Vumi, left, and Margarite, right, talking about the project

In places like the Democratic Republic of the Congo (DRC), the effects of COVID-19 have proven deadly in multiple ways. In this area of the world, scant medical care allows the virus to run rampant and uninhibited through communities. Additionally, the broken supply chain around the world caused a terrible impact on rural women in Eastern DRC.

These issues have stolen so many of the advancements for which our partners, Victor and Theo, have worked to achieve for women survivors of armed violence (WSAVs). In response, they applied for a grant from SowHope that would address the economic and traumatic shock for 150 WSAVs. Their project aimed to ensure the women were safe, to create access to capital to save their small businesses that were nearly destroyed by the lockdowns, and to help them be well-informed.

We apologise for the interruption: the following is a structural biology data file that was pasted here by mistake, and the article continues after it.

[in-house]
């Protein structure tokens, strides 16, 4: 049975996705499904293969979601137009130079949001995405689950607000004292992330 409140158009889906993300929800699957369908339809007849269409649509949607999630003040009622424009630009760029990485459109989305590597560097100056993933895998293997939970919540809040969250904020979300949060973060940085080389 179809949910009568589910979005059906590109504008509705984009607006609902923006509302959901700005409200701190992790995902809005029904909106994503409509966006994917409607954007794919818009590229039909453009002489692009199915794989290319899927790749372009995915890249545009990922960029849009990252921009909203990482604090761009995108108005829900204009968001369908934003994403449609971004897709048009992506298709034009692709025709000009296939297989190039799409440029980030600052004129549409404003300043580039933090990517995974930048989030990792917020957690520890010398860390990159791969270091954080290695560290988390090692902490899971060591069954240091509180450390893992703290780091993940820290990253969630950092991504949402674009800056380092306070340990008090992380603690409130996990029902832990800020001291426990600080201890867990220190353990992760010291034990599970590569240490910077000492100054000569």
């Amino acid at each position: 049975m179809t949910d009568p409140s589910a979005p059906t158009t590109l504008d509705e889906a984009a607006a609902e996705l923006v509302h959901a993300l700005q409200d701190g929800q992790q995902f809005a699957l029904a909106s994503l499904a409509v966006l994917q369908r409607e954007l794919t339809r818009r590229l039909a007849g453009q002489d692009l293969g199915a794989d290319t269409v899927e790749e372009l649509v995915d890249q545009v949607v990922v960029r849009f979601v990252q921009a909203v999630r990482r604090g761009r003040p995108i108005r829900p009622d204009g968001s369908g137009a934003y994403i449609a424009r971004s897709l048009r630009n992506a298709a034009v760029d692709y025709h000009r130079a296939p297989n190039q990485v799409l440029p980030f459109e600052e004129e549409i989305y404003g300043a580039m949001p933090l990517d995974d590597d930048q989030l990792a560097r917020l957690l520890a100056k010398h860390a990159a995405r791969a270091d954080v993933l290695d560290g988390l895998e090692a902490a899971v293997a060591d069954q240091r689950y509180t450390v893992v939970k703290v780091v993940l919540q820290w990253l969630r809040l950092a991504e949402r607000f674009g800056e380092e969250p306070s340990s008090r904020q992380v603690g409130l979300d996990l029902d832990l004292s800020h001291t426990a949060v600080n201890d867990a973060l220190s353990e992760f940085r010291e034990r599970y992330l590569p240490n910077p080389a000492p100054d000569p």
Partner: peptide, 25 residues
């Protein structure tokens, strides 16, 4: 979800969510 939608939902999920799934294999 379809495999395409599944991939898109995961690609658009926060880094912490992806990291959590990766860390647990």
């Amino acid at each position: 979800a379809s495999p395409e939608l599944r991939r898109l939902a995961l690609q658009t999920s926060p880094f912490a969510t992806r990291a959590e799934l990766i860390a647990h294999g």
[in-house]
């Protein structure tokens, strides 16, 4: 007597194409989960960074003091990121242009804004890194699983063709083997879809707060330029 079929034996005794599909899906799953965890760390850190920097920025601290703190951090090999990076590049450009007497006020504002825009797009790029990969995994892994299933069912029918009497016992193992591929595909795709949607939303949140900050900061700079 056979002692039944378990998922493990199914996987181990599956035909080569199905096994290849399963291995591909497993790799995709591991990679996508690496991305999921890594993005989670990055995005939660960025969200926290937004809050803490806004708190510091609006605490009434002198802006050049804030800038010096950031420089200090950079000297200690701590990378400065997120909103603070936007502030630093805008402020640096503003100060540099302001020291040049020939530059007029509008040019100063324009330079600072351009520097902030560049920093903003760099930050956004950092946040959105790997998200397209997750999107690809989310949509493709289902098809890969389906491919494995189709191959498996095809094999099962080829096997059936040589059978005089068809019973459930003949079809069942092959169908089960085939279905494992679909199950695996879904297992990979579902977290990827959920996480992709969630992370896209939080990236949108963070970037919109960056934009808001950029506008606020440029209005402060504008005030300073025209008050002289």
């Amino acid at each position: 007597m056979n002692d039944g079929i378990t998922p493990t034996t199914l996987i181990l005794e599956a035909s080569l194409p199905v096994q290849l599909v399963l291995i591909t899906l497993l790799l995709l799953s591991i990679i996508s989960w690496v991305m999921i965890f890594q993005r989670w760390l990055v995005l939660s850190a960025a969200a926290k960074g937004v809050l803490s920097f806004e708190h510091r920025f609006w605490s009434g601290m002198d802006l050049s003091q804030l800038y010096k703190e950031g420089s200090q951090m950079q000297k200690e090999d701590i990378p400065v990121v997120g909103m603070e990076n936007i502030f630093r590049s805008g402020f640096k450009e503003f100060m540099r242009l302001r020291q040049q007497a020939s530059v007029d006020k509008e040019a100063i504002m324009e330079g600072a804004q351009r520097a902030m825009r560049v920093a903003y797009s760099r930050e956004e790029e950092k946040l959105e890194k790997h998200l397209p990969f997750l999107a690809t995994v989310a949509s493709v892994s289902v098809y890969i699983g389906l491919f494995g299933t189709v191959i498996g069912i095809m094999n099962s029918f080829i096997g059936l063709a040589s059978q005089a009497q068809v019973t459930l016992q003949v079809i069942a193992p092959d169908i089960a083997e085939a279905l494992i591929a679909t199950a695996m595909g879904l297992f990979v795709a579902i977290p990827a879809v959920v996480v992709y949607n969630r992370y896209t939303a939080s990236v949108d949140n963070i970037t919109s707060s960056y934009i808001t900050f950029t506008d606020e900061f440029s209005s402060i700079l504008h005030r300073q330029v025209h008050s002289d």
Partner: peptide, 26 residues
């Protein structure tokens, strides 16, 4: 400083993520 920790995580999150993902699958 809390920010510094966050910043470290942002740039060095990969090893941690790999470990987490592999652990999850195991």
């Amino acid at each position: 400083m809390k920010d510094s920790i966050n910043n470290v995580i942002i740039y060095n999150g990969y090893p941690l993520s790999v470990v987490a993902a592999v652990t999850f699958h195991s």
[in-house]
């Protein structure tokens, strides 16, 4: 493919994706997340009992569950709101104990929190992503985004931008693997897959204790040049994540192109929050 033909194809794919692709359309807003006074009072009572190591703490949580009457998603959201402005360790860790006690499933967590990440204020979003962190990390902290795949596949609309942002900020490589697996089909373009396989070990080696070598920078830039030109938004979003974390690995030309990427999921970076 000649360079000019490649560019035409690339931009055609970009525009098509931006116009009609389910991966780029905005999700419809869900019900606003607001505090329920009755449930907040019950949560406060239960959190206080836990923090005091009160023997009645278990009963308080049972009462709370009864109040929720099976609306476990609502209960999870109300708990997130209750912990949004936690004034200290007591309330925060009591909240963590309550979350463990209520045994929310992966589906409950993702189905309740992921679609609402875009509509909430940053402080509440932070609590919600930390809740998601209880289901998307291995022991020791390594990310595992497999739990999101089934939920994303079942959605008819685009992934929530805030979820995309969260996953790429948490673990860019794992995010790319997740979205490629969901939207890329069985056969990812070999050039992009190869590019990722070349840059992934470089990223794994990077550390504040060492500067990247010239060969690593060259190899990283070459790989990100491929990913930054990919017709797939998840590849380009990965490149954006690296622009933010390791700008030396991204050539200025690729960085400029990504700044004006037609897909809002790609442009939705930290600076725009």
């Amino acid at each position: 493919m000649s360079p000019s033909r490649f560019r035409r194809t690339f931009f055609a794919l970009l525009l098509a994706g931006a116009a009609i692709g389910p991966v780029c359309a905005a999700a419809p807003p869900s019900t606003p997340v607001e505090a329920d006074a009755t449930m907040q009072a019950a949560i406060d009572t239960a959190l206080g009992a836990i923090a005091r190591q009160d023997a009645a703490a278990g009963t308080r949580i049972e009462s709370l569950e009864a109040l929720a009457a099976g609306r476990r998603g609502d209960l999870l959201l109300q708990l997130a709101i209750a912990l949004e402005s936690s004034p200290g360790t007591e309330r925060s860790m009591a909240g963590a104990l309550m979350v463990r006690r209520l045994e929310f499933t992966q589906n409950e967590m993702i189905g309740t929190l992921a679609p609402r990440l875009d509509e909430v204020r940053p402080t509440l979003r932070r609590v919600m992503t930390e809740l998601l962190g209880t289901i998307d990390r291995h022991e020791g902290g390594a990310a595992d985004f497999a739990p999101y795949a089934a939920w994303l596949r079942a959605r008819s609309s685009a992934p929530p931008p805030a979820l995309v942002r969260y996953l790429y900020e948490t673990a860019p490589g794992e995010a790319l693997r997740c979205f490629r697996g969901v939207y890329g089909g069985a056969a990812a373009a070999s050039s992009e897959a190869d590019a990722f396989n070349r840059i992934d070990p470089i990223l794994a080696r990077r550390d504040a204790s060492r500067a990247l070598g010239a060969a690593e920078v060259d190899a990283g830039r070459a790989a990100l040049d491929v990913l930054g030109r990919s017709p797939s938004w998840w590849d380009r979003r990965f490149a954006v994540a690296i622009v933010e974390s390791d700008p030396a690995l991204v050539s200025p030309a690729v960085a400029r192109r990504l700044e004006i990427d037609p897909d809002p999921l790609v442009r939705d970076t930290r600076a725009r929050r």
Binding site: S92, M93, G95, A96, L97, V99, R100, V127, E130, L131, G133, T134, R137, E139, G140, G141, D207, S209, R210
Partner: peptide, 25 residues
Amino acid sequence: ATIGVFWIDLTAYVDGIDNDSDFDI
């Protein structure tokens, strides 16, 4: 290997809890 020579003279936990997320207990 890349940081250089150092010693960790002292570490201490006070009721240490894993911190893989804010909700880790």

Victor and Theo hosted several meetings in the community, actively involving women in the planning. They formed local savings and microloan groups, identified the most pressing local need (reviving the trade sector, in their case), planned the project goals and activities, taught business management, and strived to build stronger families by teaching men a more wholesome societal role with the goal of reducing gender inequalities. Vumi, a 52-year-old mother of five says, “When COVID-19 arrived, I began to lose hope. But I have seen a big change in my life because of this project. My husband has changed for the better. I wake up with the hope of being able to provide food for my family. Thank you for bringing us back to life.”